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In Appreciation
Anthropology Professor John Ogbu Dies at Age 64

Dr. John Uzo Ogbu, professor of anthropology at the University of California, Berkeley, and a path-breaking scholar in the fields of minority education and identity, died of a heart attack after undergoing back surgery on Aug. 20. He was 64.

Ogbu is known for his work that attempted to understand how race and ethnic differences played out in educational and economic achievement. He stirred controversy in 1986 when he co-authored a study that concluded African American students in a Washington, D.C., high school didn’t live up to their academic potential because of the fear of being accused of “acting White.”

His most recent book, Black American Students in an Affluent Suburb: A Study of Academic Disengagement (Lawrence Erlbaum Publishers, 2003) also drew widespread attention (see Black Issues, April 24). Concerned parents and other members of the middle-class Black community in Shaker Heights, Ohio, invited Ogbu there to help them understand why some Black students in their highly regarded suburban school system were “disengaged” from academic work and did not perform as well as their White counterparts. He concluded that the Black students’ own cultural attitudes hindered academic achievement and that these attitudes are too often neglected.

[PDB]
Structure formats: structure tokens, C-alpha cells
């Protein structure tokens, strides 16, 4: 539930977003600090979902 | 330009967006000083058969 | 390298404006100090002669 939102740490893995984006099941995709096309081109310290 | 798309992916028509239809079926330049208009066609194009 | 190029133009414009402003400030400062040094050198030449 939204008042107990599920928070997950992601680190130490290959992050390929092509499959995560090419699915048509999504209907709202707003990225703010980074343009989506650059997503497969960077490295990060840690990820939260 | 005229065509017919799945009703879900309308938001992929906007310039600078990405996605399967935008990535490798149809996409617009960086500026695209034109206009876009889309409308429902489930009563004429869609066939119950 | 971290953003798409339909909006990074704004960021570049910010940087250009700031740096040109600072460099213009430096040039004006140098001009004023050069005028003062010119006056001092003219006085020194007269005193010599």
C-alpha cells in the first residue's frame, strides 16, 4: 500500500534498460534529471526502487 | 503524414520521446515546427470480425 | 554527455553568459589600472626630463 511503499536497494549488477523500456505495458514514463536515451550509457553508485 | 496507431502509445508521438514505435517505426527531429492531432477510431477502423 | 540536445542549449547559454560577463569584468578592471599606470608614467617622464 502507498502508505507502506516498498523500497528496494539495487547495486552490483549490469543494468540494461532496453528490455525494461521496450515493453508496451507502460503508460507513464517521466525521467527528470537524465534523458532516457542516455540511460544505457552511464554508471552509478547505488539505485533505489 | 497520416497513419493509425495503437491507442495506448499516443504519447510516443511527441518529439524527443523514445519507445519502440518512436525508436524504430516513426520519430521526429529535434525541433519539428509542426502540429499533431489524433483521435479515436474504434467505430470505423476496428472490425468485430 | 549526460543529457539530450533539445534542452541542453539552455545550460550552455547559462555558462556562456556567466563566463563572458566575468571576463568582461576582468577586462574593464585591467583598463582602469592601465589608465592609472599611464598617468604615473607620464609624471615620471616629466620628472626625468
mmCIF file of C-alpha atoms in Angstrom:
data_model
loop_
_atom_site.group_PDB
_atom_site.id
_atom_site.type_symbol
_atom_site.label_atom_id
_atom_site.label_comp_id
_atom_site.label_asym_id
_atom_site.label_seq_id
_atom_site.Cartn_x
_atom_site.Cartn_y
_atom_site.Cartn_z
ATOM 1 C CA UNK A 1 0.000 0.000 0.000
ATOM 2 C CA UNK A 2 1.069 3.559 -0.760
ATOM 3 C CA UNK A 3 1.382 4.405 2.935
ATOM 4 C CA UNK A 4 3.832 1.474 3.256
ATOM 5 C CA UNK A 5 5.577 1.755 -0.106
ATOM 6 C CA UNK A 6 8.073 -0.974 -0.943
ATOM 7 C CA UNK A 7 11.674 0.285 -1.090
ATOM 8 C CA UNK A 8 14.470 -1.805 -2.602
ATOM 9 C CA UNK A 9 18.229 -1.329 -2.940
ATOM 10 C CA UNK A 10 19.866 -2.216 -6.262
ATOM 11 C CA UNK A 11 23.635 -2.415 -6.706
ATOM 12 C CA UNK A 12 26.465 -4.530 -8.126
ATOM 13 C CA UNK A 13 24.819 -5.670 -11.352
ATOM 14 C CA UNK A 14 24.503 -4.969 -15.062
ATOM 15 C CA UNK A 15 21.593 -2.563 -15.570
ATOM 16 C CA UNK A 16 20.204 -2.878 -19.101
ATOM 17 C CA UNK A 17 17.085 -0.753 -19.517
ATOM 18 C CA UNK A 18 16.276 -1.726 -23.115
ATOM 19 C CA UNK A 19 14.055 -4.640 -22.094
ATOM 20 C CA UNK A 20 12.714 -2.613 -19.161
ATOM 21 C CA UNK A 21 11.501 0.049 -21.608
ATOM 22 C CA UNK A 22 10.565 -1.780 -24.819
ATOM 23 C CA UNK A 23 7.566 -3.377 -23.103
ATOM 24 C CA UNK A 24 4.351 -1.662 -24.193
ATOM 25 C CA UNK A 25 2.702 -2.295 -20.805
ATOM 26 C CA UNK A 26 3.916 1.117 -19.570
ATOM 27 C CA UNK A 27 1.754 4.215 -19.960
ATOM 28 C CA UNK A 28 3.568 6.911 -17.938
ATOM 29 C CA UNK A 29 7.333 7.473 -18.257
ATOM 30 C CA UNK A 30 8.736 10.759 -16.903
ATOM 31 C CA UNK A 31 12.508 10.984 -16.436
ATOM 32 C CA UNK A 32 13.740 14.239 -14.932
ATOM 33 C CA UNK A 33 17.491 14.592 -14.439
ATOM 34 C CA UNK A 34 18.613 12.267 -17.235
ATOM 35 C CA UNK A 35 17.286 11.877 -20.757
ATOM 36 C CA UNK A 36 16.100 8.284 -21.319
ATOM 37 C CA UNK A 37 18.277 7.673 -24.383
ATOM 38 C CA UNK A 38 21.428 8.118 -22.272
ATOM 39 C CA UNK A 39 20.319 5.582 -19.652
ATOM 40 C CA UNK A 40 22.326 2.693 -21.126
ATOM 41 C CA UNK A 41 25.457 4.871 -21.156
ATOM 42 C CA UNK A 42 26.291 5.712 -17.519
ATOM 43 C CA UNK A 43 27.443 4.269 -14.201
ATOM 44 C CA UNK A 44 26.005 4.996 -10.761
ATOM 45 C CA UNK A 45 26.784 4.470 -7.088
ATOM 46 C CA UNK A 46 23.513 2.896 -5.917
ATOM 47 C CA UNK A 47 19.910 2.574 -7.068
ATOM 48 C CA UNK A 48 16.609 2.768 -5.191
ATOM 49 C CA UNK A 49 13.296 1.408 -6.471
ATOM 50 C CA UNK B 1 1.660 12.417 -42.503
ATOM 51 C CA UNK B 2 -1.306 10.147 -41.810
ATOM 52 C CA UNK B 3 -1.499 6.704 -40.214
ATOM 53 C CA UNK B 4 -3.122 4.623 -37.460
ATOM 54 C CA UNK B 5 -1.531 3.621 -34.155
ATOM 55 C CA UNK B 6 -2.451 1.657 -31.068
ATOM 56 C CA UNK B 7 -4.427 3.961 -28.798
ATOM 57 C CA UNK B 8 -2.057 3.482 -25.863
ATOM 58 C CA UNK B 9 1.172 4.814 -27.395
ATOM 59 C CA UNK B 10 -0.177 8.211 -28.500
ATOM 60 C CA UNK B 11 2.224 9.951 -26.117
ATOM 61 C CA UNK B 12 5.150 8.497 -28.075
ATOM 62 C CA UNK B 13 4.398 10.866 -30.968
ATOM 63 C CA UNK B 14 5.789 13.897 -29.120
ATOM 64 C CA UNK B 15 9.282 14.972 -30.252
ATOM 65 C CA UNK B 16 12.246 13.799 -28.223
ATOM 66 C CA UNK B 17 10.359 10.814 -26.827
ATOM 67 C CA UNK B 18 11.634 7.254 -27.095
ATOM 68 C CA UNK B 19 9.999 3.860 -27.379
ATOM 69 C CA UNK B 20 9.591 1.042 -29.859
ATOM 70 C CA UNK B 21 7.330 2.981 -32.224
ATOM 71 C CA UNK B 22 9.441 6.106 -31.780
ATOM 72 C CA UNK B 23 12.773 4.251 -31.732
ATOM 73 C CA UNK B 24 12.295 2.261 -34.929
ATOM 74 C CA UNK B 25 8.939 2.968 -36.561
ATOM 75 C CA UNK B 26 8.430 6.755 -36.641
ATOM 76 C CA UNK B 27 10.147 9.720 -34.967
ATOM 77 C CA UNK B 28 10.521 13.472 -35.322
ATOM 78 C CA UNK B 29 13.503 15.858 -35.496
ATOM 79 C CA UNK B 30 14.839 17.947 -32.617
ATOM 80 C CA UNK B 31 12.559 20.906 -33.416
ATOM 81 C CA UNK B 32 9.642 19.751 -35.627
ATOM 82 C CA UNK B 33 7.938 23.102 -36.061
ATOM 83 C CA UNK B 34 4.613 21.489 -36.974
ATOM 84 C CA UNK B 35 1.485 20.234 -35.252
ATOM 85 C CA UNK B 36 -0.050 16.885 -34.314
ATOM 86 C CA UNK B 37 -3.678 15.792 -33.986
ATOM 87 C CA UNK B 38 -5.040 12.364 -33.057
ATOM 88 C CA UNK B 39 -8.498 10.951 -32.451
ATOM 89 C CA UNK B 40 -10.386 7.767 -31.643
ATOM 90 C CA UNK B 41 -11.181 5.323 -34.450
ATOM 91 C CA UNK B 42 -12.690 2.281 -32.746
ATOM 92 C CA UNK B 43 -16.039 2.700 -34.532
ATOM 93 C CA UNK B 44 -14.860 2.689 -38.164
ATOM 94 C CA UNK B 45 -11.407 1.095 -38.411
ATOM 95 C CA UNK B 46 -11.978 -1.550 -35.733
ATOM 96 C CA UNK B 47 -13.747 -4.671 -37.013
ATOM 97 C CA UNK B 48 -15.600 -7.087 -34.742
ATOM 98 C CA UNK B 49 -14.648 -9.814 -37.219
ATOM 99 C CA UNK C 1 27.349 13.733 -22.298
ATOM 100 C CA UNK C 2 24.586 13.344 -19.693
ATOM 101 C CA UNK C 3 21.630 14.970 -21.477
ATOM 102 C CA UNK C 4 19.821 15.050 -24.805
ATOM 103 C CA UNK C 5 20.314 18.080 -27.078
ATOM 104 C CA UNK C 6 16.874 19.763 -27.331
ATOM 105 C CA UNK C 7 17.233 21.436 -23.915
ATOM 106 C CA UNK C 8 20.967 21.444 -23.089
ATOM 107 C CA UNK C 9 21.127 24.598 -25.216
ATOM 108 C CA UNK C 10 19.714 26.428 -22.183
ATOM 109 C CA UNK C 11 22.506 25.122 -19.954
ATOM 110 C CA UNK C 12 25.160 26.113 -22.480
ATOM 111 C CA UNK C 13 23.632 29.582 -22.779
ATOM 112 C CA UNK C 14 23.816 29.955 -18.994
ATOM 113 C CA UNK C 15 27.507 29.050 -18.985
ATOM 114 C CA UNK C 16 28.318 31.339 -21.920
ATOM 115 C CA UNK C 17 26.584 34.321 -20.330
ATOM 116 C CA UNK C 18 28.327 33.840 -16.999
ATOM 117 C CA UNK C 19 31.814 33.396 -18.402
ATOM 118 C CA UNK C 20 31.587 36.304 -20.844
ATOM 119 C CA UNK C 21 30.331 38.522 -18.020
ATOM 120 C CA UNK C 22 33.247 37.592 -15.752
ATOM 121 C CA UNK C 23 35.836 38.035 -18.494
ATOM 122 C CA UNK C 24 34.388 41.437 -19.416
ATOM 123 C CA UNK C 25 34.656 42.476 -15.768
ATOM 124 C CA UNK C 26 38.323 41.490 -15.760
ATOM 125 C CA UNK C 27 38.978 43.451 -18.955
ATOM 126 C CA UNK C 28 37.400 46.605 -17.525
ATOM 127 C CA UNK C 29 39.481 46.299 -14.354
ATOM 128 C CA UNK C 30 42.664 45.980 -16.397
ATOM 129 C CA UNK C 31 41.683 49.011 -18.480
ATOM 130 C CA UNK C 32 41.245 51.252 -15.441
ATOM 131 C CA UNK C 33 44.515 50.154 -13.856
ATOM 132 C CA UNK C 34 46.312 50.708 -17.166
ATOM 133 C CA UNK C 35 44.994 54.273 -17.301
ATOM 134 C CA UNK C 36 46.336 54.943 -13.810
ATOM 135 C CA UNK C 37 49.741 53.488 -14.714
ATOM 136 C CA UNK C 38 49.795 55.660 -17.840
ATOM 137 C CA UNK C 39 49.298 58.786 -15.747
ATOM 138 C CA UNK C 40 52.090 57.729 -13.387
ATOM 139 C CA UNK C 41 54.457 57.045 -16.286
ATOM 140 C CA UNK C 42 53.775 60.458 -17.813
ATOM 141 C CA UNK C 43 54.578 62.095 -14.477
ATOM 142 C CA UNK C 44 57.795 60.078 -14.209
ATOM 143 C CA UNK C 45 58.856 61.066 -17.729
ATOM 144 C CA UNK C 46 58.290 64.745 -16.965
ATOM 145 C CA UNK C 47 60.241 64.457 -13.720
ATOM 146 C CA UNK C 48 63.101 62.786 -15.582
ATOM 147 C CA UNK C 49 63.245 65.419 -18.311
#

“He devoted his life to the study of a very difficult problem — differential educational achievement among minority populations in the United States,” said Dr. Stanley H. Brandes, one of Ogbu’s colleagues in the UC Berkeley anthropology department. “He pursued this issue from a wide variety of standpoints, despite the fact that it presented no easy solutions.”

In 1997, Ogbu was elected to the International Academy of Education and was appointed a Chancellor’s Professor at UC Berkeley. Also in 1997, a special issue of Anthropology and Education Quarterly was devoted to “Ogbu’s Theory,” with contributions by an international group of scholars.

He received the American Educational Research Association’s Research Contribution to Education Award, and the Margaret Mead Award given by the Society for Applied Anthropology.

An avid researcher, Ogbu published several books, numerous articles and chapters in books, with his writings translated into French, German, Japanese, Italian, Mandarin, Spanish and Croatian.

“John Ogbu’s humanity and warmth informed all of his intellectual work. He didn’t avoid the controversial questions but always brought a fresh comparative perspective to the answers he sought. He will be missed as a scholar, but also as a mentor and a friend,” says former Ogbu student, Angela C. Davies, now a visiting instructor in the UC Berkeley anthropology department.

Ogbu was born in 1939 in the small village of Umudomi in the Onicha Government Area in Nigeria. He will be buried in Nigeria later this month.

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